The sample file
blank.nano is, as its name suggests, a completely empty file. This is the simplest possible Nanoverse project. When run, it nothing seems to happen. But Nanoverse ran all the way through its compilation and runtime routines.
Since this simulation is trivially simple, it can be informative to follow the project's progress through the codebase.
When you run
java -jar nanoverse.jar samples/blank.nano, you are invoking the
nanoverse.Nanoverse entry point. The entry point constructs a compiler, and passes control to it.
Inside the compiler, an ANTLR-generated parser reads the file. This process completes immediately, resulting in a syntax tree consisting of an empty root node.
The trivial syntax tree is then passed to the translator. The translator matches the root node to the root symbol table and translates it into an “object tree” node that describes a future Java object and its constructor arguments. Once built, no children get loaded into the node, because no information has been supplied. This container will eventually be instantiated into the top-level runtime object, the
Project object (called
Runner in Nanoverse v1.0.0-a1).
The object tree node is then passed to the instantiation stage of the [codebase#nanoversecompilerpipeline|compilation pipeline]]. The top node of the instantiation pipeline is the
ProjectLoader. It attempts to instantiate the
Runner object by first trying to instantiate each of its children. With each of the children instantiated, the
ProjectLoader will instantiate the
Runner object itself.
The ProjectLoader delegates child instantiation to the
ProjectInterpolator finds that each of the children is missing. It therefore turns to the
ProjectDefaults object to construct these objects. Sometimes,
ProjectLoader passes previously instantiated children to the
ProjectInterpolator as arguments for subsequent children.
When all of the
Runner's arguments have been instantiated, the
Runner itself is built and passed back to the
Compiler pipeline, which returns it to the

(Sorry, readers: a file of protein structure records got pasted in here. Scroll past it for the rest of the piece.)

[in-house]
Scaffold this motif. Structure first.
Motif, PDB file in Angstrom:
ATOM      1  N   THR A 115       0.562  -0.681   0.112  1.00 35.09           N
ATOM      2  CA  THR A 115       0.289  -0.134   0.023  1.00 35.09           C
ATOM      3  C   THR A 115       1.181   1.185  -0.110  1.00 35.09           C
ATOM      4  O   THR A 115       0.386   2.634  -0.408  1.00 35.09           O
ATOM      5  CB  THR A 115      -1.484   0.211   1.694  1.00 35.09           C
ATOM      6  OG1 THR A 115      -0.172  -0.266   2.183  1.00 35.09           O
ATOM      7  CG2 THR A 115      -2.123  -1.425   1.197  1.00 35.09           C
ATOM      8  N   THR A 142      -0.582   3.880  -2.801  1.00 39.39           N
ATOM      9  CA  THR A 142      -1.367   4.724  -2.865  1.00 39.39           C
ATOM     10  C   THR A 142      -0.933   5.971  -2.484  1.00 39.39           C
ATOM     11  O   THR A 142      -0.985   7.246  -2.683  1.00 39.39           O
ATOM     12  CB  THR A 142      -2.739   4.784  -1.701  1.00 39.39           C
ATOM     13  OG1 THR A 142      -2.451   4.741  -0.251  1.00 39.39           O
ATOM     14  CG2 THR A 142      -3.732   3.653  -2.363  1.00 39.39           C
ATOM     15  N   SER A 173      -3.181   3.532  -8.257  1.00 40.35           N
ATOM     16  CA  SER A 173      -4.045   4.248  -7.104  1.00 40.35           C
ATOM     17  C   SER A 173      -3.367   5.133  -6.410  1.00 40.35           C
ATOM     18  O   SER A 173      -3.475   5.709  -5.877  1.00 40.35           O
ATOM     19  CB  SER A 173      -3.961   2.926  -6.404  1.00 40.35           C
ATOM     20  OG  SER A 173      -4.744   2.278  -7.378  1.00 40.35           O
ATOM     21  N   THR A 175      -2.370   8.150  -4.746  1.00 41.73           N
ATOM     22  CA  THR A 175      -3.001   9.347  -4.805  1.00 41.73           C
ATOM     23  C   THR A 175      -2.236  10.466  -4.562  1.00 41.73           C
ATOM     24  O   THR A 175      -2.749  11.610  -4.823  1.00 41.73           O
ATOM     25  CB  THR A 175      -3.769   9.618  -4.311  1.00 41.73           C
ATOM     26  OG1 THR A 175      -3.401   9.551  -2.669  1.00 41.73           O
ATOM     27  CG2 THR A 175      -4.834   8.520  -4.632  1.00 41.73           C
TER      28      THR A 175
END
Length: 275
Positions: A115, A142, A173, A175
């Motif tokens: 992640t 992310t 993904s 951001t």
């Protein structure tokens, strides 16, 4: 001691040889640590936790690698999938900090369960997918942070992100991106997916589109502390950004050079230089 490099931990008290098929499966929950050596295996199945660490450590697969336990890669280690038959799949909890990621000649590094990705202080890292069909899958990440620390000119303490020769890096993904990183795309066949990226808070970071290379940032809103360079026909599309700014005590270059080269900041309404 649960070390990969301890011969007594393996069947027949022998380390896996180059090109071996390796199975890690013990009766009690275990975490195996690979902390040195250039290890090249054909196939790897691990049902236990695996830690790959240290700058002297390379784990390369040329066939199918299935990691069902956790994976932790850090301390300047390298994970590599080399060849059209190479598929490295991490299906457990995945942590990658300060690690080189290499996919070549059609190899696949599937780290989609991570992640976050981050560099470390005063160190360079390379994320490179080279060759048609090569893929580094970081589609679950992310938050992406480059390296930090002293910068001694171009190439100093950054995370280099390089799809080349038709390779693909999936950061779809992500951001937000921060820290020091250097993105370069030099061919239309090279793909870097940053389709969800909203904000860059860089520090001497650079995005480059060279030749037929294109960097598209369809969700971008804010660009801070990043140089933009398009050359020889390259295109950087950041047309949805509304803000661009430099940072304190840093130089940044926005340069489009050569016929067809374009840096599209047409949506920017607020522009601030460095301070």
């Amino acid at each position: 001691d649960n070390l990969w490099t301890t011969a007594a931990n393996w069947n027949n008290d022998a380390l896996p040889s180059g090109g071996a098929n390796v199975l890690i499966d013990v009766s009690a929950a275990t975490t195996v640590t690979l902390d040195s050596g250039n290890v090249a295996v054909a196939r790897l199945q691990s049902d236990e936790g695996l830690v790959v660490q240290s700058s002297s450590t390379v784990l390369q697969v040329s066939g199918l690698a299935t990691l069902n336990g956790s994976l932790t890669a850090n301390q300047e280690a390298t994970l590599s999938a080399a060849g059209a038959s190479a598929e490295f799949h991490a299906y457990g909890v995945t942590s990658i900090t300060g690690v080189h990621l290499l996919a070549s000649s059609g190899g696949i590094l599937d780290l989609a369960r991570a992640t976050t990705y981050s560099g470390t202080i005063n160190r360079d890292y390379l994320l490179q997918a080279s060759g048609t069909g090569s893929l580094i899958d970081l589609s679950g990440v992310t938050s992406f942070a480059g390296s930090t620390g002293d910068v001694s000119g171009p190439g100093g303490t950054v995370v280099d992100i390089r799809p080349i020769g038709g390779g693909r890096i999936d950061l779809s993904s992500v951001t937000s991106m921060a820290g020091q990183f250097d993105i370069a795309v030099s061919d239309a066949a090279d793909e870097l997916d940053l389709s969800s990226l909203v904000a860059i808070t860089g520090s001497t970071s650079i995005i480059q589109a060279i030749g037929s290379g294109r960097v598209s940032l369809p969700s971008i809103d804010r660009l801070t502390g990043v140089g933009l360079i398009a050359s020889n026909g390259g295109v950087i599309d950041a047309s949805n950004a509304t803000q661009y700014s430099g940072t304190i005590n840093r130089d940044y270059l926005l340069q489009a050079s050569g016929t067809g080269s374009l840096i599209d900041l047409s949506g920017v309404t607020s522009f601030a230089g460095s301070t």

Nanoverse entry point.
Runtime is initiated by calling the
run() method on the
Runner has two arguments:
GeneralParameters, which contains system-level arguments and state, and
Integrator, which is responsible for stepping through simulations.
GeneralParameters how many instances of the simulation to run. The default is one instance, so it loops through one instance of the simulation. For each instance (in this case, only one), the
Runner asks the
Integrator to run the simulation through to completion by calling its
doNext() sets all state objects to their initial state, and then causes the simulation to run until it is caused to stop by a
HaltCondition. Once halted, it reports the
HaltCondition to any output systems specified by the user, which may use the information.
Blank.nano has no output modes, so nothing happens at that time.
To run the simulation, the
Integrator cycles through all of the user-defined processes until one of them halts the simulation, or the simulation reaches its maximum number of logical cycles. The default number of logical cycles is 100, so this simulation will run through its main loop 100 times.
At each pass through the main loop, the
Integrator will ask a helper object (
ProcessManager) to execute any user-specified
processes that are eligible for execution in this cycle. Since there are no user-defined processes, the helper does nothing in any of these cycles.
After 100 passes through this loop, the simulation ends with a
Integrator passes this information to the (empty) output manager, and returns control to the
Runner returns control to the entry point, and the entry point exits.